Thursday, September 30, 2021

Can Authors Live Their Ideal Life?


“You deserve to live your ideal life.”

This is the opening line to a book by bestselling author Gino Wickman. 

It’s such a powerful line. Somewhere between “bullshit” and “absolutely” is my response. Maybe we have to work with both responses.  

It is “bullshit” if you: (a) don’t believe in yourself or (b) understand that nothing just comes to you without hard work. But it is “absolutely” if you believe in yourself and are prepared to make your life unfold the way you want it to.  

Notice the author of the EOS Life: How To Love Your Ideal Entrepreneurial Life says “your ideal life” and not “the ideal life.” There is a difference. Truthfully, there’s no one singular standard for an ideal life.  If there were, I suspect, the standard would keep shifting for life and the world is not stagnant. We customize our lives to fit our targeted goals, or at least we should, as opposed to customizing our goals to fit our lives. Why? 

The latter means setting goals based on where we are at or have come from. The former says: aim high and find a way to get there. Both will still be solid paths to improvement, maybe even riches, but they do differ in their potential degrees of success.  

So, let’s apply this to you: You deserve to live your ideal author life.  

Question: How?  

How will you do this? First define what it is that you want to accomplish as a writer. Be specific. Believe you are worthy and that this is achievable.   

If you do what you love (write) with people who support what you love (editors, publicists, literary agents, publishers, friends, fans), getting compensated for your work, and your writings begin to make a difference in the lives of others, you are living a great life.   

So, what does Wickman believe we each need to do to attain our ideal life? 

1.      Develop 10-Year Thinking

Do not just think short-term or day-to-day. Don’t overestimate what you can do in a year nor underestimate what you can accomplish in a decade. Think big and beyond today. 

2.      Take Time Off

That’s right, to work hard and smart, take a break. Rest, reflect, and rejuvenate yourself. 

3.      Know Thyself

You can’t really be yourself until you first truly know yourself. Get in touch with who you are --your style and approach to things, your strengths and weaknesses, and your attitude, seek a coach, therapist, or mentor to help you focus on you.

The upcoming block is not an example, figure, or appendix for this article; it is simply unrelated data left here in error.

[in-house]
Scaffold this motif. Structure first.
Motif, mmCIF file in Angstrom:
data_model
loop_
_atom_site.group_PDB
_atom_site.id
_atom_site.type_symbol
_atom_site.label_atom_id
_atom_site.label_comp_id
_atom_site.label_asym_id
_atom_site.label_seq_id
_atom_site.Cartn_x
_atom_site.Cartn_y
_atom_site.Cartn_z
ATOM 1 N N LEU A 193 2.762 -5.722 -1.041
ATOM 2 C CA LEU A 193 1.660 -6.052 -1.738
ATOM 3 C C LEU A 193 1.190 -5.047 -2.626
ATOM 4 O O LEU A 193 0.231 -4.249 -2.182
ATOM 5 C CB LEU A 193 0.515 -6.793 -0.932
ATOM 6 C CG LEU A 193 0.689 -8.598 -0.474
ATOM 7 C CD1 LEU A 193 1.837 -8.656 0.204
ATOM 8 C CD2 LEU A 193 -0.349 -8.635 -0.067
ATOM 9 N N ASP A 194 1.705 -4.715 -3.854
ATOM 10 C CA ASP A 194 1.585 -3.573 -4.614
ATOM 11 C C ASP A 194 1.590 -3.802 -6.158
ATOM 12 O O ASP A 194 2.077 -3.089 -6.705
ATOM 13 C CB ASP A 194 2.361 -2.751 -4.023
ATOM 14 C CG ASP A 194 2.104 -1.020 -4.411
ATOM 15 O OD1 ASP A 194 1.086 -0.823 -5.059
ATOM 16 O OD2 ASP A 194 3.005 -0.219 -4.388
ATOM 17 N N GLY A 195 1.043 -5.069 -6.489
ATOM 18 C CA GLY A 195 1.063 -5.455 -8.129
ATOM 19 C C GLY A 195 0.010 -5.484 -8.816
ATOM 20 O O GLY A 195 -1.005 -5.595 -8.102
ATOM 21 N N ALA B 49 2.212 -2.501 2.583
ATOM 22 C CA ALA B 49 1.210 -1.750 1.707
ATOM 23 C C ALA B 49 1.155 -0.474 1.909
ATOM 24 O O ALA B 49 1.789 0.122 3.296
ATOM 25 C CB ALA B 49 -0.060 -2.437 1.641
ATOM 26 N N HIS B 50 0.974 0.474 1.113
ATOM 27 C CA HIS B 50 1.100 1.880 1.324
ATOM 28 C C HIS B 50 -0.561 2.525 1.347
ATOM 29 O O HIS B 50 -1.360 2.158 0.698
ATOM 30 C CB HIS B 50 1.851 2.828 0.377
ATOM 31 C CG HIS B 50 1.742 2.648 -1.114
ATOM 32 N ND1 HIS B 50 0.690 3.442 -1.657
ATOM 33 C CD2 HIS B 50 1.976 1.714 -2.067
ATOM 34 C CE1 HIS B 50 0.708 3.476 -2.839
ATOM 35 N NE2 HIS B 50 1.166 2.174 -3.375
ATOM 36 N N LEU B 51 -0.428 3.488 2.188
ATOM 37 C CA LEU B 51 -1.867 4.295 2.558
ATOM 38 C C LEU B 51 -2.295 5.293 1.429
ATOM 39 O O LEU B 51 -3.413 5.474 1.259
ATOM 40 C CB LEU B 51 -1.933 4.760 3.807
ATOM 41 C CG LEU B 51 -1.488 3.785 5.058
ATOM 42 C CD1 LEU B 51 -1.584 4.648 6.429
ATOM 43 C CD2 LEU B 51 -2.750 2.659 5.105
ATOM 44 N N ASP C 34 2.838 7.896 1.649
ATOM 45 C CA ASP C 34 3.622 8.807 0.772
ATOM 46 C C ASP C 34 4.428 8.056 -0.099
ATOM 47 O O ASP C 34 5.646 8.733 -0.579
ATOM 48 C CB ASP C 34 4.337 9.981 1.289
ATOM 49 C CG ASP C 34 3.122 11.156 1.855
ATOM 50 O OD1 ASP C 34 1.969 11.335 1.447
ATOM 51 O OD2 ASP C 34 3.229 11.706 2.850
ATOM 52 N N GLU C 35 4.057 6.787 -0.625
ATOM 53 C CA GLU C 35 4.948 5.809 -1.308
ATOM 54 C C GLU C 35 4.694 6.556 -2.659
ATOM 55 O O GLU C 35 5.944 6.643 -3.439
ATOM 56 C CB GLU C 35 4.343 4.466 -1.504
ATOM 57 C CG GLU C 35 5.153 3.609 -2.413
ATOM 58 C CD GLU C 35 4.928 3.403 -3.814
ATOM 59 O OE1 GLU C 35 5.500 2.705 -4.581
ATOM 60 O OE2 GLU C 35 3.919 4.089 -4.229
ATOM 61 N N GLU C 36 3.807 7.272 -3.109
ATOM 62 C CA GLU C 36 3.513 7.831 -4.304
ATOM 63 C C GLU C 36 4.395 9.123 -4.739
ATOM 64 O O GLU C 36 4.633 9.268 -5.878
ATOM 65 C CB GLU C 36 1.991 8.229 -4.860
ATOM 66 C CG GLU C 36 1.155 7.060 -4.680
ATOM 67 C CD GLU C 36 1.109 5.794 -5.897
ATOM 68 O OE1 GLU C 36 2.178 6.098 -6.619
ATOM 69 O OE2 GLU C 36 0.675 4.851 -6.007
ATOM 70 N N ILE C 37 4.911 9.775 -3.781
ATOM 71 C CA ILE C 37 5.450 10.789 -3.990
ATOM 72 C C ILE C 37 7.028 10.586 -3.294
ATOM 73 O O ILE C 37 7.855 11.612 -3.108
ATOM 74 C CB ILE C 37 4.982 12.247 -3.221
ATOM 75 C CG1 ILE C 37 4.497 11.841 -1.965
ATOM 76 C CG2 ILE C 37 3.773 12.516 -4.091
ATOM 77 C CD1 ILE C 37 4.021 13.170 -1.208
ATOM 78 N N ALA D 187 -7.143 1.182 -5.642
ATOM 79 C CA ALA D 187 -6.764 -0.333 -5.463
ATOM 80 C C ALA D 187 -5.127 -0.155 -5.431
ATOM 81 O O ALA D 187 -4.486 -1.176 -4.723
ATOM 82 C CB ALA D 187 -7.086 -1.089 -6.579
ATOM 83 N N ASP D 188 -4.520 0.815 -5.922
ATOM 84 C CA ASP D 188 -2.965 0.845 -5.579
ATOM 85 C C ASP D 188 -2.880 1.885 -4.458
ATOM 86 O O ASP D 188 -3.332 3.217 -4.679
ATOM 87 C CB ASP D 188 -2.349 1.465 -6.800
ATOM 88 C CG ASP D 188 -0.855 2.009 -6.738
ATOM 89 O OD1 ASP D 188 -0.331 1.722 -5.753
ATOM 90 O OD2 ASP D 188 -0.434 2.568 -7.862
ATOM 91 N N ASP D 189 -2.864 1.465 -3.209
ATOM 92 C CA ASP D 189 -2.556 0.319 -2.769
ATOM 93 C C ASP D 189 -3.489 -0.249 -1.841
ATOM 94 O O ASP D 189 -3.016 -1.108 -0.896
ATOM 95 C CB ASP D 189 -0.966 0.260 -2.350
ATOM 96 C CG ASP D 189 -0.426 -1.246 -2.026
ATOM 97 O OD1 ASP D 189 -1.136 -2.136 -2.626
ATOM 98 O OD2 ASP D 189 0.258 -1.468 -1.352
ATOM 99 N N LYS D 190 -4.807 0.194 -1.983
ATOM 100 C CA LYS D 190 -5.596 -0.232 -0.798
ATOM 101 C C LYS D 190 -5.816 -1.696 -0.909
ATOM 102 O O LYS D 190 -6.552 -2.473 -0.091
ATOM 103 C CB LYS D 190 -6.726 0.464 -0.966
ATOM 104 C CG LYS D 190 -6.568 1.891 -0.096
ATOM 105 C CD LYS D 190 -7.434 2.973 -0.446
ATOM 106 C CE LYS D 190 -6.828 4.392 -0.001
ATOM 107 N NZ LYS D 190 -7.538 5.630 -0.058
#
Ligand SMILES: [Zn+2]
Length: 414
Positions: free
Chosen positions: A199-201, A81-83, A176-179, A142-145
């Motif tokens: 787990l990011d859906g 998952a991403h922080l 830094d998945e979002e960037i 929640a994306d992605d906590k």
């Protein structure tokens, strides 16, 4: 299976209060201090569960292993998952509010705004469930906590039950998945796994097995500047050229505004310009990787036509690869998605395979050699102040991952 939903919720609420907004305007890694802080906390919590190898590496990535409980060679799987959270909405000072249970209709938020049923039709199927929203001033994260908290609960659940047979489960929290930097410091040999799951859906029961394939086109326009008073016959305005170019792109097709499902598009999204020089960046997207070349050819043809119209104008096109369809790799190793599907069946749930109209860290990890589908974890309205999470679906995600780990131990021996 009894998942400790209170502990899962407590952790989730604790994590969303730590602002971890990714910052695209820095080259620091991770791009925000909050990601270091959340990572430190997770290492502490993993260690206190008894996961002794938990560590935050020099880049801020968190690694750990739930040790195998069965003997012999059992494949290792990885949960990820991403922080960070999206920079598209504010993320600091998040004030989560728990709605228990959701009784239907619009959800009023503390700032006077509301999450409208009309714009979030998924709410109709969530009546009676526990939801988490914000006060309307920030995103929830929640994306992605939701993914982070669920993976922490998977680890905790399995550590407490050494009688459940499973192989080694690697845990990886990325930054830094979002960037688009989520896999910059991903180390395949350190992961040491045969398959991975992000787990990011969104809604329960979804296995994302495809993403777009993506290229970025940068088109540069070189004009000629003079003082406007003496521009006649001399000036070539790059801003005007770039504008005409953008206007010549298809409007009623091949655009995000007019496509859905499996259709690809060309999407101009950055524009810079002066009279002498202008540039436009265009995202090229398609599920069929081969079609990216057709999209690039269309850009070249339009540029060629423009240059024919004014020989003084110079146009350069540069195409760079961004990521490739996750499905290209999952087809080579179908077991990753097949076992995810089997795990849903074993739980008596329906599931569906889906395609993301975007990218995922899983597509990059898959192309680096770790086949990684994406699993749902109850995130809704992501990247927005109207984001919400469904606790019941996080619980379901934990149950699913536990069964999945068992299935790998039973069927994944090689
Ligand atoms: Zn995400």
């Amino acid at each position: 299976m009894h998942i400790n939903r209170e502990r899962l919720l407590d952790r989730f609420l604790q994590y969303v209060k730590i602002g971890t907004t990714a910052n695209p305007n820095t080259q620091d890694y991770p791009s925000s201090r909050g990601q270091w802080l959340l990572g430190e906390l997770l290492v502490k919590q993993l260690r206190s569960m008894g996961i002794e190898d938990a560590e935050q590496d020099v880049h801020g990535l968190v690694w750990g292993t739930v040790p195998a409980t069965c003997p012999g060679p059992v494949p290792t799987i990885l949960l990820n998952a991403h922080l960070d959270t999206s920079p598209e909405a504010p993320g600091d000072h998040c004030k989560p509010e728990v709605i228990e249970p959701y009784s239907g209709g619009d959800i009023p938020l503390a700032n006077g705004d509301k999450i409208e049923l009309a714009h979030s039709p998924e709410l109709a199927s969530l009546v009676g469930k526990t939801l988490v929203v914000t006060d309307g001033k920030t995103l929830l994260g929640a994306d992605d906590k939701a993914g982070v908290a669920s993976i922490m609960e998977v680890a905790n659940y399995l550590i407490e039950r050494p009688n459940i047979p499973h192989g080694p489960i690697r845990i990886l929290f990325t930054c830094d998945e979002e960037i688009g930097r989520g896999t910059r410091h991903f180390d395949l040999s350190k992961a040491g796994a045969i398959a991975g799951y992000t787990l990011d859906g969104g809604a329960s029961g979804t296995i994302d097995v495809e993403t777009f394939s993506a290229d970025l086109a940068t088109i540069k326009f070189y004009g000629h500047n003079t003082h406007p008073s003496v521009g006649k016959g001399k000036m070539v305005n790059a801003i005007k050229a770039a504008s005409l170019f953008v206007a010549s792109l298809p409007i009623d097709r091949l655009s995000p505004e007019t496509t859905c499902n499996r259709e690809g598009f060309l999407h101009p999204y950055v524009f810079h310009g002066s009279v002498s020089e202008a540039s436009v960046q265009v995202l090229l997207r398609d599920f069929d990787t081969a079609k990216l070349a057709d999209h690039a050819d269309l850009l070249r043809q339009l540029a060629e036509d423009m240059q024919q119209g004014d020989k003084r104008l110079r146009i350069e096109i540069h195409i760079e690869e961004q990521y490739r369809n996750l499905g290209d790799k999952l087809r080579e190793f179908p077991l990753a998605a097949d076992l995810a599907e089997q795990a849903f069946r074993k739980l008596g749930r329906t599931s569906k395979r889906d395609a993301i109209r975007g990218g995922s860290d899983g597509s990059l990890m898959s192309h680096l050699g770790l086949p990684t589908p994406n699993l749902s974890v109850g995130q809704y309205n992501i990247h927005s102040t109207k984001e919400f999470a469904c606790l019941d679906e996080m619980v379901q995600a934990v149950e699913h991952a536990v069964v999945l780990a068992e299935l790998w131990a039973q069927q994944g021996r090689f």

4.      Quiet Time 

Spend at least 10 minutes a day in silence and solitude. Meditation, prayer, silence, or yoga breathing can be transformative and bring you clarity. 

5. Know Your Limits

Setting limits is as important as setting goals. Know your boundaries and breaking points. How many hours per day and week will you commit to working -- and how many to not working? 

6.      Say No, Often

Walk away from something that is not the best fit. Do not commit to people or projects that are not worth your time or sanity.   

7.      Don’t Do Lower-Paying Work

If you want to make good money, pay others to do lower-wage tasks while you focus on things that have bigger pay-offs. 

8.      Prepare Nightly

Lay out your next day’s schedule and plan it on the night before. Write it down, map it, and visualize it. 

9.      Put Things In One Spot

Be organized and stick everything in a giant folder, notebook or area. Or store everything in a few key digital files. Make it so that you can’t waste time looking for things or information that should be readily accessible.  

10.  Be Humble.

Have a healthy, positive, empowering view of yourself but don’t put others down, underestimate them, or dismiss them.  Be thankful, appreciative, and less arrogant.  

Identify what your ideal writer’s life could be. Then take steps to achieve and make it materialize. If you can see it, it’s now possible.  If you don’t love to see what is possible, too much seems impossible, when it really isn’t.   

“Where the talents and the needs of the world cross, lies your calling, vocation, purpose.”



  Did You Know?

  One-third of all states have at least one-third of each state’s population that is obese.
  No state two decades ago was above 25% of its population having obesity.

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About Brian Feinblum

Brian Feinblum should be followed on Twitter @theprexpert. This is copyrighted by BookMarketingBuzzBlog ©2021. Born and raised in Brooklyn, he now resides in Westchester with his wife, two kids, and Ferris, a black lab rescue dog. His writings are often featured in The Writer and IBPA’s The Independent.  This was named one of the best book marketing blogs by BookBaby and recognized by Feedspot in 2018 as one of the top book marketing blogs. It was also named by as a "best resource.” He recently hosted a panel on book publicity for Book Expo America. For more information, please consult: 


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